Thoughts on dark software

I wrote a two-page white paper for a DOE workshop on software productivity for extreme-scale science. In this paper, I coin a new term (at least I think it is new!): dark software. I explain this concept below:

Scientific discovery is the result not of individual simulations but of complex end-to-end research processes. These processes frequently involve, for example, the ingest and analysis of simulation, experimental, and observational data; the invocation of simulations within larger design optimization and uncertainty quantification activities; validation through comparison of experimental and simulation data; and the dissemination of output data to communities for analysis. The software created and used by extreme scale scientists must address all such tasks—and the productivity of those scientists will be determined by the sum of the times taken for all tasks.

But while the software used to perform simulations on extreme-scale computers is often carefully engineered, the software used for other tasks in the end-to-end workflow is typically not. Indeed, it often involves ad-hoc scripts, one off programs, and other non-scalable, non-shareable, and error-prone components. Scientists may not even think of this code as software, even though it consumes much time and energy. Thus, by analogy with dark matter in physics—the stuff that, while invisible, is hypothesized to account for a large part of the total mass in the universe—I term this code dark software . I believe that dark software accounts for a substantial fraction of the total “mass” of an extreme-scale project as measured in lines of code developed by individual scientists—and the time spent with that code during a project’s lifetime. I suggest that a program to improve software productivity for extreme scale science must address dark software if it is to be impactful. I discuss where dark software arises in research and propose a research program to address associated challenges.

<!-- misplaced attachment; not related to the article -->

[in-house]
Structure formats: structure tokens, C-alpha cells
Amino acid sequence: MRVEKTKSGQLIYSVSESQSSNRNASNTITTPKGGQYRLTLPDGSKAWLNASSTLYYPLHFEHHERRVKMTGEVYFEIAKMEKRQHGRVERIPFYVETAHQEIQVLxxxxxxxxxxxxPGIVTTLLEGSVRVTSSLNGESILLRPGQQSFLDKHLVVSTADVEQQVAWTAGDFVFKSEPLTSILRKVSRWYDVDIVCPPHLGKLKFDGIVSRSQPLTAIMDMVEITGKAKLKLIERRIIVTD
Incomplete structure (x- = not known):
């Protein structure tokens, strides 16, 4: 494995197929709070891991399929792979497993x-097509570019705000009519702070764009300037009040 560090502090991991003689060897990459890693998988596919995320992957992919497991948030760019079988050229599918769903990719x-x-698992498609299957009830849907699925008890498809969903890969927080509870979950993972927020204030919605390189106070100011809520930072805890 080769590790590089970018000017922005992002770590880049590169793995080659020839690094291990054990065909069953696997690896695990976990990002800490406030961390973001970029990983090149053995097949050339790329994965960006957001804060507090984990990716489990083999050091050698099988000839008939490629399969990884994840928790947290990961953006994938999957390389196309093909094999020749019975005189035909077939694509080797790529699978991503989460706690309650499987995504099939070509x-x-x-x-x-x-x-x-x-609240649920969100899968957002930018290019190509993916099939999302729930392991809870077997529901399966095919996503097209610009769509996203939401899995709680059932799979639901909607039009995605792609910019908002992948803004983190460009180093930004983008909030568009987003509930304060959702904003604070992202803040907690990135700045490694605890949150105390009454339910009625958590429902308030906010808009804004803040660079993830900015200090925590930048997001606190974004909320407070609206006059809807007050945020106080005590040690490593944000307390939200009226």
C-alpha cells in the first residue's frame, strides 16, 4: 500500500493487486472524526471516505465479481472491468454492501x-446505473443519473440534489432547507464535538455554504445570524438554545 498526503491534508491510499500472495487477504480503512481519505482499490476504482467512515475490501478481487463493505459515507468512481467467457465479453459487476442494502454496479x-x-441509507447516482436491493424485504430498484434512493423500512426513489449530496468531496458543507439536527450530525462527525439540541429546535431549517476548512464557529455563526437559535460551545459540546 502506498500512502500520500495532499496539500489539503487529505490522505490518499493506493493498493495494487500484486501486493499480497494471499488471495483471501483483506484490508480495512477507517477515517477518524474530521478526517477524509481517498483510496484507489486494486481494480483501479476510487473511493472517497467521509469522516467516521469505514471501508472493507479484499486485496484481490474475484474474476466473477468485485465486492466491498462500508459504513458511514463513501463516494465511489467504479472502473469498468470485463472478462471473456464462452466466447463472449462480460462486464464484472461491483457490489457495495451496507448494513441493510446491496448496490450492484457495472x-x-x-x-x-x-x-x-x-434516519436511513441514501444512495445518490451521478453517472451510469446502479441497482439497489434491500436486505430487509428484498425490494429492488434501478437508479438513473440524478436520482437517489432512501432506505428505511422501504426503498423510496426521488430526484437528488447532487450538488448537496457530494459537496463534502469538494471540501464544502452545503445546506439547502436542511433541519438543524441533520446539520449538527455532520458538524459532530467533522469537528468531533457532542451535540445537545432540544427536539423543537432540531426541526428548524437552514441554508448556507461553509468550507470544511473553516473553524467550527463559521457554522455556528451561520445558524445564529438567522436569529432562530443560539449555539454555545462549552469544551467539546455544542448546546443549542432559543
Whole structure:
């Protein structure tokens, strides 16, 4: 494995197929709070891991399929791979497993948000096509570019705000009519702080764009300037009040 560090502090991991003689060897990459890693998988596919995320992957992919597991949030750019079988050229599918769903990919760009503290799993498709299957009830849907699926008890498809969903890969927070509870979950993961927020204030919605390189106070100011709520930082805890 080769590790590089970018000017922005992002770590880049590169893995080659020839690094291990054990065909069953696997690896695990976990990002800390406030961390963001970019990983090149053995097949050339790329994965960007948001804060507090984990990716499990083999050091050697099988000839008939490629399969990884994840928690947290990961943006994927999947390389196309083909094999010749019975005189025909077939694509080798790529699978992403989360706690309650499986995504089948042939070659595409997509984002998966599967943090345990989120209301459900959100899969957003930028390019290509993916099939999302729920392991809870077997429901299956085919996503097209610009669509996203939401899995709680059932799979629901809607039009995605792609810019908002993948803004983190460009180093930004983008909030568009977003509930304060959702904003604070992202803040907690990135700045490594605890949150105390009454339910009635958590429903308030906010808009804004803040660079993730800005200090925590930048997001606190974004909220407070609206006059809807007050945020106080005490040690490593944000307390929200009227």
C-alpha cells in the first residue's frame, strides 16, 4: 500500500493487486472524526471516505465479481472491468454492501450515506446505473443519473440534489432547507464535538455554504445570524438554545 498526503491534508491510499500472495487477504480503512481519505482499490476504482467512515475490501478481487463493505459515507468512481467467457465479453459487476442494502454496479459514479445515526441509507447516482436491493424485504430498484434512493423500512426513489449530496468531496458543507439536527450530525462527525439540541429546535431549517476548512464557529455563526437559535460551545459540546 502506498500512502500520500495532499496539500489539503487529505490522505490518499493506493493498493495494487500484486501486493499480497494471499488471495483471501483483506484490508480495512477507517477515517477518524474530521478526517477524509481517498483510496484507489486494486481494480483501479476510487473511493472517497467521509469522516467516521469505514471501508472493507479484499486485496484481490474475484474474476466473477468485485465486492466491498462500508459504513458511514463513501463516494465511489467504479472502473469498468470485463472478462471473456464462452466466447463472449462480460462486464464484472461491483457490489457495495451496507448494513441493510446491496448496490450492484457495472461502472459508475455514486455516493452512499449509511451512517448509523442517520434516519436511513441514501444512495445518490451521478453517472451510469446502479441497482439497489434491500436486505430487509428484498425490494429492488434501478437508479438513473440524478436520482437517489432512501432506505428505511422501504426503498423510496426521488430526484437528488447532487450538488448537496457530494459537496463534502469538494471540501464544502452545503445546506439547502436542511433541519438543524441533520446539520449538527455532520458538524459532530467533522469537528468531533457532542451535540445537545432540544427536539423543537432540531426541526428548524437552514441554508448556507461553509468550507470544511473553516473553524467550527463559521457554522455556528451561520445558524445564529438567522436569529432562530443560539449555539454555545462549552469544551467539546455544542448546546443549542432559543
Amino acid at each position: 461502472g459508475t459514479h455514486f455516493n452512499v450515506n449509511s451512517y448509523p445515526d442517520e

Let me know what you think.

Details on the publication:

Foster, Ian (2014): Dark software: Addressing the productivity challenges of extreme-scale science on-ramps and off-ramps. figshare.


2 comments on “Thoughts on dark software
  1. Greg Wilson says:

    Scott Hanselman (Microsoft) wrote about “dark matter developers” in — the ones who build code but don’t have blogs, post to Stack Overflow, etc. I wonder if there’s a correlation between that demographic, and this kind of “invisible” software?

  2. James Whistler says:

    From the review of “The Woman Who Died a Lot”:

    “And then there’s ‘Dark Reading Matter,’ the focus of Thursday’s next adventure, the vast invisible world populated by the imaginary friends of the dead and containing the texts of unpublished and lost stories (Melville’s ‘The Isle of the Cross’ among them).”

    “As always, Fforde makes this wacky world perfectly plausible, elucidating Ffordian physics with just the right ratio of pseudoscientific jargon to punch lines. It’s a dazzling, heady brew of high concept and low humor, absurd antics with a tea-and-toast sensibility that will appeal to fans of Douglas Adams and P. G. Wodehouse alike. Fforde is ffantastic!”
    –Booklist (starred review)

Please let me know your thoughts